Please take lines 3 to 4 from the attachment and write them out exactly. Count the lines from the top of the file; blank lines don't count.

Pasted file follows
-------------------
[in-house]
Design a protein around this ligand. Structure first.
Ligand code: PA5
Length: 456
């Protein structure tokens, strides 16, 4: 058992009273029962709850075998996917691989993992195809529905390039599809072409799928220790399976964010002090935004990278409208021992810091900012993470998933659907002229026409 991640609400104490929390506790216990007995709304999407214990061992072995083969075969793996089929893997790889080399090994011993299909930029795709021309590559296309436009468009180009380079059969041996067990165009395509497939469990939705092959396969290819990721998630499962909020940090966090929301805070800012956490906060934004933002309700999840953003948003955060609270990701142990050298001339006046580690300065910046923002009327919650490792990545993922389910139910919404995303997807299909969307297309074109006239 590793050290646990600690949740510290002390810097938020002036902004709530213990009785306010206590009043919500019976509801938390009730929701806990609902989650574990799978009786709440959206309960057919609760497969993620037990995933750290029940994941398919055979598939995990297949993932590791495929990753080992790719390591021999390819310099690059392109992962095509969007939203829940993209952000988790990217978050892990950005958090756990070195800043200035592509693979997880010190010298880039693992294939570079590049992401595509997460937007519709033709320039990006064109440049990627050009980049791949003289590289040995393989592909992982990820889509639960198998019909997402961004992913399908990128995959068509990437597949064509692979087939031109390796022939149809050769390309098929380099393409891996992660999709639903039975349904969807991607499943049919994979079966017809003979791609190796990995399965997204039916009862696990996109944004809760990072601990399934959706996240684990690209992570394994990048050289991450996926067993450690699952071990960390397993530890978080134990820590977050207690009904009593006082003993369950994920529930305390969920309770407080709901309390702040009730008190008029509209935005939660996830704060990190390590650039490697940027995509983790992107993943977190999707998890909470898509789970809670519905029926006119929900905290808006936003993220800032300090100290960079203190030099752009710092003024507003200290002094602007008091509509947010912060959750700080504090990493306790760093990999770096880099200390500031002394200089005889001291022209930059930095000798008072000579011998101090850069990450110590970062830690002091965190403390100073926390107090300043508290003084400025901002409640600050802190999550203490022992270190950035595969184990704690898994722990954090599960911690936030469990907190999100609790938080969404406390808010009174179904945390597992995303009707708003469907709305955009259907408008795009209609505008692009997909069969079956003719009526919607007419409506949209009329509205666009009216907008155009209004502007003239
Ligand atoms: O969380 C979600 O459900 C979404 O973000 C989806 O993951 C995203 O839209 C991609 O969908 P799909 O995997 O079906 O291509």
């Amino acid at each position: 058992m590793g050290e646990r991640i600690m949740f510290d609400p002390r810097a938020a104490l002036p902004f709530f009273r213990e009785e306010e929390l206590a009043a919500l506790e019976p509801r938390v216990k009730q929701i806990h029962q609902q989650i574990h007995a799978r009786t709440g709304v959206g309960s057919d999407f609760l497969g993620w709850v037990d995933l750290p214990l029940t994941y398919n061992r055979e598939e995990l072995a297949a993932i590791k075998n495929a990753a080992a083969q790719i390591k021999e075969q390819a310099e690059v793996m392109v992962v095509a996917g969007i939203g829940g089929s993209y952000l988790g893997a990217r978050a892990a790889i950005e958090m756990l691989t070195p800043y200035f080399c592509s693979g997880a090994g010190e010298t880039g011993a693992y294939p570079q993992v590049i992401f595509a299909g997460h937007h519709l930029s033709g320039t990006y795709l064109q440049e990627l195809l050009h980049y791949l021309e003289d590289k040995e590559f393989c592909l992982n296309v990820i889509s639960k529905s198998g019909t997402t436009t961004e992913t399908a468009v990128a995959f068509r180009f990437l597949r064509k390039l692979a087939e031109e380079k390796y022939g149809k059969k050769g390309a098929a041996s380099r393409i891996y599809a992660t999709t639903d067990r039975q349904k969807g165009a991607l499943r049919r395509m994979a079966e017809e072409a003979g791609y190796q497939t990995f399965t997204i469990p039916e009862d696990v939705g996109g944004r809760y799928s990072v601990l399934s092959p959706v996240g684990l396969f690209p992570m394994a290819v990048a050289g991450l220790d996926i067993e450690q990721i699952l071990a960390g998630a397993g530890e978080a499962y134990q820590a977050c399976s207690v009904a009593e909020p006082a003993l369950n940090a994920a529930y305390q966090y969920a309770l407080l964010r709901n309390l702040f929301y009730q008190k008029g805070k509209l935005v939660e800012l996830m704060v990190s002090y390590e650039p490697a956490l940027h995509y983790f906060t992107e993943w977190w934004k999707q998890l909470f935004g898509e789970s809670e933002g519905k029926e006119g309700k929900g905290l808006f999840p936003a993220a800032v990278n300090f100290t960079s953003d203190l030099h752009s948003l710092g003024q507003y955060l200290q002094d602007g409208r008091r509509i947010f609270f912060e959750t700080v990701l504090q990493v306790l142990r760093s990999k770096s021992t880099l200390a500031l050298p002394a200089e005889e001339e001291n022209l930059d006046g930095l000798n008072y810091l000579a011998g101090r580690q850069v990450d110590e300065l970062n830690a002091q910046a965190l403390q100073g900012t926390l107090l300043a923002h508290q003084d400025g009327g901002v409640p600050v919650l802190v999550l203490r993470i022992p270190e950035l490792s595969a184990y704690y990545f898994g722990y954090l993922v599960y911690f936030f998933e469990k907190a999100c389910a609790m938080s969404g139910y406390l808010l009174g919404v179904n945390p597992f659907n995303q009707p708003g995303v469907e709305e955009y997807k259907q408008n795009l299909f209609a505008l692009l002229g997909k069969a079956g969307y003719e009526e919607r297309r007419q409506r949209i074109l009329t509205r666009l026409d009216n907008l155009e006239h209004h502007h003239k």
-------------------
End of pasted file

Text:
Ligand code: PA5
Length: 456